Lawrence business wins Governor’s Exporter of the Year award
photo by: Kathy Hanks
A Lawrence company that designs, manufactures and sells laboratory research equipment for use in the field of neuroscience was recently awarded the Governor’s Exporter of the Year award.
Pinnacle Technology Inc., 2721 Oregon St., received the award from Team Kansas and the Kansas Department of Commerce earlier this month in Manhattan, during an annual celebration of Kansas businesses.
Team Kansas, according to its website, is a group of private business leaders, economic development professionals and state officials who work to attract companies, investment and jobs to Kansas.
Another Lawrence business, Primary Color Music, 832 Pennsylvania St., was a finalist for the award. That company has worked on more than 600 projects worldwide and created music for such global brands as Coca-Cola, Nike, Honda and Google.
Pinnacle’s founder is Donna Johnson, who started the company in 1995. Her brother Dave Johnson joined her the following year. Together they oversee the making and global selling of laboratory equipment used in neurophysiological studies on mice and rats.
“We make the equipment that enables researchers to study the brain,” said Donna, who has a master’s degree in biology and studied for a doctoral degree in oceanography at the University of Connecticut. She handles the business side of the company.
Their products help ensure data research is more accurate, said Dave, who has a doctorate in electrical engineering from Arizona State University. He handles the technical operations and research teams at the company.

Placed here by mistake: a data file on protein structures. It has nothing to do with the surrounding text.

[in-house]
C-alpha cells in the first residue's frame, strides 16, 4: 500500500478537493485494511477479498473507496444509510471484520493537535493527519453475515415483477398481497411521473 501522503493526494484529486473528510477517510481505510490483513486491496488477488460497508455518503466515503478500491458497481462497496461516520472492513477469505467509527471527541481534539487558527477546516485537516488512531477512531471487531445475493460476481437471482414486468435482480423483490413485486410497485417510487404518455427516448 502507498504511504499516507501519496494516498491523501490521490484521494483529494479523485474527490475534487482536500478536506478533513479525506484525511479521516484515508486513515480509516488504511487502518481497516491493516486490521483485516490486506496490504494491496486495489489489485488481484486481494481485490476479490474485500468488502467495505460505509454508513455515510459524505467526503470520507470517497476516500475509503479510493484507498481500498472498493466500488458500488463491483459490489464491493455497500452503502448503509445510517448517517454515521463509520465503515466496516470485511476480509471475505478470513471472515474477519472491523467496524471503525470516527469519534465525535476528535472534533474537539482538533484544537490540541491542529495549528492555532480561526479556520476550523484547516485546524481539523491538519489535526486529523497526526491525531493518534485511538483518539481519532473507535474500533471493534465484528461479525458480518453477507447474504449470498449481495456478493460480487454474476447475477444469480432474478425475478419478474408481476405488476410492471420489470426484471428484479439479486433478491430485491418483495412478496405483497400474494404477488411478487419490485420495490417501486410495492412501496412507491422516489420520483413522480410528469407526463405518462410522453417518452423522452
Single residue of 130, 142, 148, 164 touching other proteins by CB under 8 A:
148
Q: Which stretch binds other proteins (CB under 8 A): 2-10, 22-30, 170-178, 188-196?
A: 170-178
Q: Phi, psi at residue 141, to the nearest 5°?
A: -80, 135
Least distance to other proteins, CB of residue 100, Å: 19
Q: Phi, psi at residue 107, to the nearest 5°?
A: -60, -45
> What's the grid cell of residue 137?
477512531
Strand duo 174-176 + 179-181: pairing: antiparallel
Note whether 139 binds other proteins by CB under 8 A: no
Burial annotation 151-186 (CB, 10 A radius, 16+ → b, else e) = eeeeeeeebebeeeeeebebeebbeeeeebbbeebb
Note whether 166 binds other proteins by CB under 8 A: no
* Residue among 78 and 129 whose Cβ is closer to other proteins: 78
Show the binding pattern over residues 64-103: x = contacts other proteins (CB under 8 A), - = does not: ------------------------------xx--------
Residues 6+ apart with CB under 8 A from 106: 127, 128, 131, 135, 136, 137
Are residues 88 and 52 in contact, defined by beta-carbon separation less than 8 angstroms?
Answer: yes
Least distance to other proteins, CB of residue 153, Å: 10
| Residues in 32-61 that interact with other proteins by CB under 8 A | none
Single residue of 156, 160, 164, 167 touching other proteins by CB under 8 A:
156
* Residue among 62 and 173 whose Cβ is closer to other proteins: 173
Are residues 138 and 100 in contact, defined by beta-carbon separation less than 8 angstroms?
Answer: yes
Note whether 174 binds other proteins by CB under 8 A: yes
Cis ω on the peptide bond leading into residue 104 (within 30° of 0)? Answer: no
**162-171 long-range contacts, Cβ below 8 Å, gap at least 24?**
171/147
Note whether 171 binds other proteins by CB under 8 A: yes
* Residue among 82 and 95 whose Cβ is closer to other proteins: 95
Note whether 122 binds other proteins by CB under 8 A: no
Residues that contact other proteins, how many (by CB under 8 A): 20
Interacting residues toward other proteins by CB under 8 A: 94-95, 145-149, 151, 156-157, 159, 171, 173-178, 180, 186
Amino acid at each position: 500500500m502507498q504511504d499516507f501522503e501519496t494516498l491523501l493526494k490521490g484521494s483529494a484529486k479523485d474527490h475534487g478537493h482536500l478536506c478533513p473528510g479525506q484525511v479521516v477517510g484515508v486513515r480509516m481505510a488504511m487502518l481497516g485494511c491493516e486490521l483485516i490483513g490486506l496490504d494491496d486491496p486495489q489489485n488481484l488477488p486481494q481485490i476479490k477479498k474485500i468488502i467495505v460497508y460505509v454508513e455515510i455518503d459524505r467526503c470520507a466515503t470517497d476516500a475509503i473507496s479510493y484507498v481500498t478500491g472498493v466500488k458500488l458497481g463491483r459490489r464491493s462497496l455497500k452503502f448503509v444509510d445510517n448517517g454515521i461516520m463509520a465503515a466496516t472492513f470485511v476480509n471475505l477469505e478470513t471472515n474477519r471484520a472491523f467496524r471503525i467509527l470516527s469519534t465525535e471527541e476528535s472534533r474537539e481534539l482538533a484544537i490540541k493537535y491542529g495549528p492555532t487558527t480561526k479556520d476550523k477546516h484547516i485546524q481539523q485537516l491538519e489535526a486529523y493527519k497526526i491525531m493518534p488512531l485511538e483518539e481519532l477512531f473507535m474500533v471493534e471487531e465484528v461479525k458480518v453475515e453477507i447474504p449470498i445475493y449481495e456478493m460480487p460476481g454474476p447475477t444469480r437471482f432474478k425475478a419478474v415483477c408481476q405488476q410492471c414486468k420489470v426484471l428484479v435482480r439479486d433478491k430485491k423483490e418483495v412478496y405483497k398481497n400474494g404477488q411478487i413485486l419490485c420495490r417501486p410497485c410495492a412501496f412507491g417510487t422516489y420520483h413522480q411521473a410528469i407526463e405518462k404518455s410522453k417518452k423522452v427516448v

Pinnacle provides equipment and systems for researchers to help understand what causes such illnesses as Parkinson’s disease, or why some drugs work for depression or schizophrenia when others don’t, Donna said. One product they build is the tiny head mounts with sensors that are placed on the heads of rats and mice during research.
“Our job is to make sure people get good information, so they can actually use their expertise to make decisions on how to develop cures for these diseases,” Dave said.
The company offers a range of systems for brain research and is continually developing new tools. It also offers supporting products ranging from cages to software analysis.
The Johnsons grew up in Poughkeepsie, N.Y., and both have had years of experience developing and marketing the electronic components for new products. They found themselves doing a lot of designs in the biomedical field, and eventually Donna decided to start her own company.
Although they sell their products to major research organizations in the U.S. — universities, hospitals and government research labs — about 40% of their sales have been to foreign countries.
Business has been good, with sales up 50% last year, Donna said.
“Donna has to make a profit with the products and keep everyone around here happy,” Dave said.
Currently, Pinnacle has 25 employees and is hiring two more. Spearheading overseas sales are Sam Kaplan and Shaheen Latif, both of whom have doctorates from the University of Kansas.
photo by: Kathy Hanks
As they look to the future, their success could hinge on what happens with the current trade war with China.
“China can be a massive market for Pinnacle. We are right in the process of breaking in big time there,” said Donna, who returned in April from a business trip to China.
Currently, they are feeling the effects of the rising cost of imports not only from China but from other countries.
“Electrical components coming in from China are being hit with 10% tariffs right now. Aluminum and steel had tariffs put on them from many countries. Plastic prices have increased substantially,” Donna said.
Despite the uncertainties, they continue to grow their markets and have plans for Kaplan and Latif to head off to China and Japan for more business meetings in July.